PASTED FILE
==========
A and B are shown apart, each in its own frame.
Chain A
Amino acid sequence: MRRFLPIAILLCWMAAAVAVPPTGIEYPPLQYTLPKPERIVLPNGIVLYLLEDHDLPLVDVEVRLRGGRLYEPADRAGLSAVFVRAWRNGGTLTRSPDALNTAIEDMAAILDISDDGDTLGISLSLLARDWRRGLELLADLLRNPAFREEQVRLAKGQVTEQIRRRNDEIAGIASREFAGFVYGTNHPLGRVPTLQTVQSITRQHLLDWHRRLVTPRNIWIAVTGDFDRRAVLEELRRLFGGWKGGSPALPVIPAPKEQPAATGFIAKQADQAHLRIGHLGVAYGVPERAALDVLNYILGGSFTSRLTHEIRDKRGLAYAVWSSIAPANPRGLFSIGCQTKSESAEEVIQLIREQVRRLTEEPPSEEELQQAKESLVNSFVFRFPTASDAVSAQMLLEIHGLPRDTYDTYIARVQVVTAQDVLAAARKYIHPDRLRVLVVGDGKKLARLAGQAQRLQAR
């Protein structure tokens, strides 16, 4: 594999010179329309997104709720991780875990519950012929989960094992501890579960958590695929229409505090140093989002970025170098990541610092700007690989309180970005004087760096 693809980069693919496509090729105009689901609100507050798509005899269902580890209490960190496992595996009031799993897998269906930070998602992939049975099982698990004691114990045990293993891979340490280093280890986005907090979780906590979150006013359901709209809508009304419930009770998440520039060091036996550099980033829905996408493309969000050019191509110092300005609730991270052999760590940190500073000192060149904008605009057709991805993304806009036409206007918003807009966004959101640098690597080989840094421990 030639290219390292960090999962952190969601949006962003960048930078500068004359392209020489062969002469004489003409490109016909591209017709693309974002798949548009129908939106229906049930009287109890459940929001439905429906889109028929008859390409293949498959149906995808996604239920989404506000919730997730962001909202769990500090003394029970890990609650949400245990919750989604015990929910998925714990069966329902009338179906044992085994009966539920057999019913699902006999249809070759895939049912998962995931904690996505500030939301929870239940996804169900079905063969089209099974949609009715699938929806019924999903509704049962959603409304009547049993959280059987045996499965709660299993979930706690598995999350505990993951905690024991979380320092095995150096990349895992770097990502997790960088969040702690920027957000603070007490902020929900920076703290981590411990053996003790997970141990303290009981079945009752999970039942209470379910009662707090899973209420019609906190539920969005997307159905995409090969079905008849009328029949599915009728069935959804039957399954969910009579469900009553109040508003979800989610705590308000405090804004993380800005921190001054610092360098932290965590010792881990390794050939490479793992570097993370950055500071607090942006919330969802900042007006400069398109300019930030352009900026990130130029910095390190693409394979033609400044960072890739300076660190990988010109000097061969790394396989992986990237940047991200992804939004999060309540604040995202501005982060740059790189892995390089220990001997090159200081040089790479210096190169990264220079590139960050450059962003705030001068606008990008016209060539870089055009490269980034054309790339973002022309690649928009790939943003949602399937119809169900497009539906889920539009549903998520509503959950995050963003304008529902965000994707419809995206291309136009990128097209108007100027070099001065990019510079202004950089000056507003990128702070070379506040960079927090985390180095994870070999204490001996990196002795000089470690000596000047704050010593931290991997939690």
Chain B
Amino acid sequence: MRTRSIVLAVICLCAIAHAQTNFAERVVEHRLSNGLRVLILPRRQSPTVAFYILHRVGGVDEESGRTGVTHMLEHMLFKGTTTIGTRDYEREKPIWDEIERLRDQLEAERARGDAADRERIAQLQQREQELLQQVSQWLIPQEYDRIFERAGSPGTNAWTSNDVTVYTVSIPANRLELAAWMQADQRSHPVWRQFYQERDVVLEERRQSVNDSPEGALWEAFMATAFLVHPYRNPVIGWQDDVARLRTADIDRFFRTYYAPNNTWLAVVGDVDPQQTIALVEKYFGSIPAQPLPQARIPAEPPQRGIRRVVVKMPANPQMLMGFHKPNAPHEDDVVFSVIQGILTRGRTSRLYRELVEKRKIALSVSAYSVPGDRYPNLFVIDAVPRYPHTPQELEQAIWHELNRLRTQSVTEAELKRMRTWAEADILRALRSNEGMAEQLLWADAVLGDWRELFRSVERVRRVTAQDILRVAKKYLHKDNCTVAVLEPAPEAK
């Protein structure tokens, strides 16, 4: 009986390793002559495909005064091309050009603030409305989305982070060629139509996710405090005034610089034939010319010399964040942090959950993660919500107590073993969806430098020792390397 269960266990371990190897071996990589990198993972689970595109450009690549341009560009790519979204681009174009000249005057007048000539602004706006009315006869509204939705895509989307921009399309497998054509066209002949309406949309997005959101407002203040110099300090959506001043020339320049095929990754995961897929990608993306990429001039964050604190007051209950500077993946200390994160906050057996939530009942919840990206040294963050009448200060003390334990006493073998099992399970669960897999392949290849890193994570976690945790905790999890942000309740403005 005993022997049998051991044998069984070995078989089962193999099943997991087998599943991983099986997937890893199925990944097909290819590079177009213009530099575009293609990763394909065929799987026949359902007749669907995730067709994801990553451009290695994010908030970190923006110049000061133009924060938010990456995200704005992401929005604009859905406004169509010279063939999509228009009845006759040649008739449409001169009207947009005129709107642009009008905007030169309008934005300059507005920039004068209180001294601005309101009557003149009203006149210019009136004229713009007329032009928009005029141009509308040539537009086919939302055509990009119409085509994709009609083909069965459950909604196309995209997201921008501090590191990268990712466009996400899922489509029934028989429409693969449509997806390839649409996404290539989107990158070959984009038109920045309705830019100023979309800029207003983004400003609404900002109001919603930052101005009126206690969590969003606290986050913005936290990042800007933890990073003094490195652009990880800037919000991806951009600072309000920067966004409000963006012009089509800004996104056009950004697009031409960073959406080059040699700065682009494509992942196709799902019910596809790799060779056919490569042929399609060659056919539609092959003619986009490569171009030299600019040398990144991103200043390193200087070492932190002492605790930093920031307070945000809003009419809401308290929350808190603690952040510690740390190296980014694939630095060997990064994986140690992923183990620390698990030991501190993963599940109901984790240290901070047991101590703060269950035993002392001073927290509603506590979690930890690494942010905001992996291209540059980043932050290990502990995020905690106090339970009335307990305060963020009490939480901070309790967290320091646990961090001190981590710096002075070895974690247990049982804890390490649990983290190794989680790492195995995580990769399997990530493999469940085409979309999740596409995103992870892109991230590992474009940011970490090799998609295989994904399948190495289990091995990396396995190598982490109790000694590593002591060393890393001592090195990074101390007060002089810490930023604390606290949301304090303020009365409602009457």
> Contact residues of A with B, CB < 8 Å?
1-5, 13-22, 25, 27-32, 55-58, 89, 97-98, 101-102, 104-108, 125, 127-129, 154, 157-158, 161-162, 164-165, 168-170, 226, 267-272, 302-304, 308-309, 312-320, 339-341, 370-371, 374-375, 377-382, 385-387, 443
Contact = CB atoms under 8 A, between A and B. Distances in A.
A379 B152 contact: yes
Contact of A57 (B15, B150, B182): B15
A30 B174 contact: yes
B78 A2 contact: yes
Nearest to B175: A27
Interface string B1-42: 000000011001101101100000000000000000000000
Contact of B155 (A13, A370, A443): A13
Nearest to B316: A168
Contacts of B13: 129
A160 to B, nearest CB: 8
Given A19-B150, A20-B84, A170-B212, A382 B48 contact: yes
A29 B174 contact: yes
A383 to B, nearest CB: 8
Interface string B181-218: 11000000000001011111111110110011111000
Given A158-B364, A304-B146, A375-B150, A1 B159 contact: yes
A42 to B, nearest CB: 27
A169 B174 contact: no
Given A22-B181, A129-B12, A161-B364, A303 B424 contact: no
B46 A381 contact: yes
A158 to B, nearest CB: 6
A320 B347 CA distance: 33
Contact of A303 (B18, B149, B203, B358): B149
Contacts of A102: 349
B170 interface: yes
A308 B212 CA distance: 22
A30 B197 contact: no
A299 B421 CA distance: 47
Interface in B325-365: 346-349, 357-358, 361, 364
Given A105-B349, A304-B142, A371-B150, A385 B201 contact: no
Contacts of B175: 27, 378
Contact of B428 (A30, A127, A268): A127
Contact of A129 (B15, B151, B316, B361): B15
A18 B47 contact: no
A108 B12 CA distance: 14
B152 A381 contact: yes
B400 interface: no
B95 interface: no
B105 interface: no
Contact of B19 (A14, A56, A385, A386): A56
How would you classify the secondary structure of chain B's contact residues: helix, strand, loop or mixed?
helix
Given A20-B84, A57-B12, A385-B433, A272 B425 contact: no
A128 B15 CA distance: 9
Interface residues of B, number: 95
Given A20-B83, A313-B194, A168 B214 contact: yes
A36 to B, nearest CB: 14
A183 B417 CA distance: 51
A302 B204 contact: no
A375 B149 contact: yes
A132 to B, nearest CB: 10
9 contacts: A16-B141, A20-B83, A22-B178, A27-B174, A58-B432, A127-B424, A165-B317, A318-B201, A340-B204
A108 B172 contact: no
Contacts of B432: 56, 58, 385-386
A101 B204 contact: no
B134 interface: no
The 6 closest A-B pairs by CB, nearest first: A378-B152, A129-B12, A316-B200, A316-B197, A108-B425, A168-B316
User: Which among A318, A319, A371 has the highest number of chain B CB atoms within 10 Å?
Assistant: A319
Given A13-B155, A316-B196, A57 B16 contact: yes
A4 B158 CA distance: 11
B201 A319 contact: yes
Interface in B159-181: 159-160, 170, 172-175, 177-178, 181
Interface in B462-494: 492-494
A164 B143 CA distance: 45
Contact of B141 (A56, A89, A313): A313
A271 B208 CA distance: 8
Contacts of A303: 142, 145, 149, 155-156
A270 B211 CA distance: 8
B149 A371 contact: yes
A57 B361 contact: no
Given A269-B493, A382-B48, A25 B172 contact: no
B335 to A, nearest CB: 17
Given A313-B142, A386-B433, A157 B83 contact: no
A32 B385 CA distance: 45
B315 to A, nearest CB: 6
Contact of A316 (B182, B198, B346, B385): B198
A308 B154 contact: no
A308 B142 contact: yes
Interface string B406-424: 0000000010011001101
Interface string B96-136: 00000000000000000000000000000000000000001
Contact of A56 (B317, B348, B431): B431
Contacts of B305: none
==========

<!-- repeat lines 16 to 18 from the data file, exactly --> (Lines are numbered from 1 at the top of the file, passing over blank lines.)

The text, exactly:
Interface string B1-42: 000000011001101101100000000000000000000000
Contact of B155 (A13, A370, A443): A13
Nearest to B316: A168